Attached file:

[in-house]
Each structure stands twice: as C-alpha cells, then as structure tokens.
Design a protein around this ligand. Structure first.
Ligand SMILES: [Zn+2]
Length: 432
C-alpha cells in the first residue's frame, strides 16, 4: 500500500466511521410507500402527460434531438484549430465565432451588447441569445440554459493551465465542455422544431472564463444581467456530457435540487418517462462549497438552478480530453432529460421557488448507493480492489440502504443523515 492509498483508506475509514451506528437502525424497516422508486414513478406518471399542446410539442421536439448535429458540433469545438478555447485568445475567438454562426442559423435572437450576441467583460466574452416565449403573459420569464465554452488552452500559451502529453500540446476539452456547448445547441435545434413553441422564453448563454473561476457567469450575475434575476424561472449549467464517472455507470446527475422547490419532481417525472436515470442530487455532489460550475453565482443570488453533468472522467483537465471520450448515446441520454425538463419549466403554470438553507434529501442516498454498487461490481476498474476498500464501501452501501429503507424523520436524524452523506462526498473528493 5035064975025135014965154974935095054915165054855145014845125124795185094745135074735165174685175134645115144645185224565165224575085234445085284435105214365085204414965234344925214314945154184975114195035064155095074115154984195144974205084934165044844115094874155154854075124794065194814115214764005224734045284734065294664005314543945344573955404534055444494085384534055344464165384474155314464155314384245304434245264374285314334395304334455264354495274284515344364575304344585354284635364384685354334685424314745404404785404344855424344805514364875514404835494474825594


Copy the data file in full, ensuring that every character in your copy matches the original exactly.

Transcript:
[in-house]
Each structure stands twice: as C-alpha cells, then as structure tokens.
Design a protein around this ligand. Structure first.
Ligand SMILES: [Zn+2]
Length: 432
C-alpha cells in the first residue's frame, strides 16, 4: 500500500466511521410507500402527460434531438484549430465565432451588447441569445440554459493551465465542455422544431472564463444581467456530457435540487418517462462549497438552478480530453432529460421557488448507493480492489440502504443523515 492509498483508506475509514451506528437502525424497516422508486414513478406518471399542446410539442421536439448535429458540433469545438478555447485568445475567438454562426442559423435572437450576441467583460466574452416565449403573459420569464465554452488552452500559451502529453500540446476539452456547448445547441435545434413553441422564453448563454473561476457567469450575475434575476424561472449549467464517472455507470446527475422547490419532481417525472436515470442530487455532489460550475453565482443570488453533468472522467483537465471520450448515446441520454425538463419549466403554470438553507434529501442516498454498487461490481476498474476498500464501501452501501429503507424523520436524524452523506462526498473528493 5035064975025135014965154974935095054915165054855145014845125124795185094745135074735165174685175134645115144645185224565165224575085234445085284435105214365085204414965234344925214314945154184975114195035064155095074115154984195144974205084934165044844115094874155154854075124794065194814115214764005224734045284734065294664005314543945344573955404534055444494085384534055344464165384474155314464155314384245304434245264374285314334395304334455264354495274284515344364575304344585354284635364384685354334685424314745404404785404344855424344805514364875514404835494474825594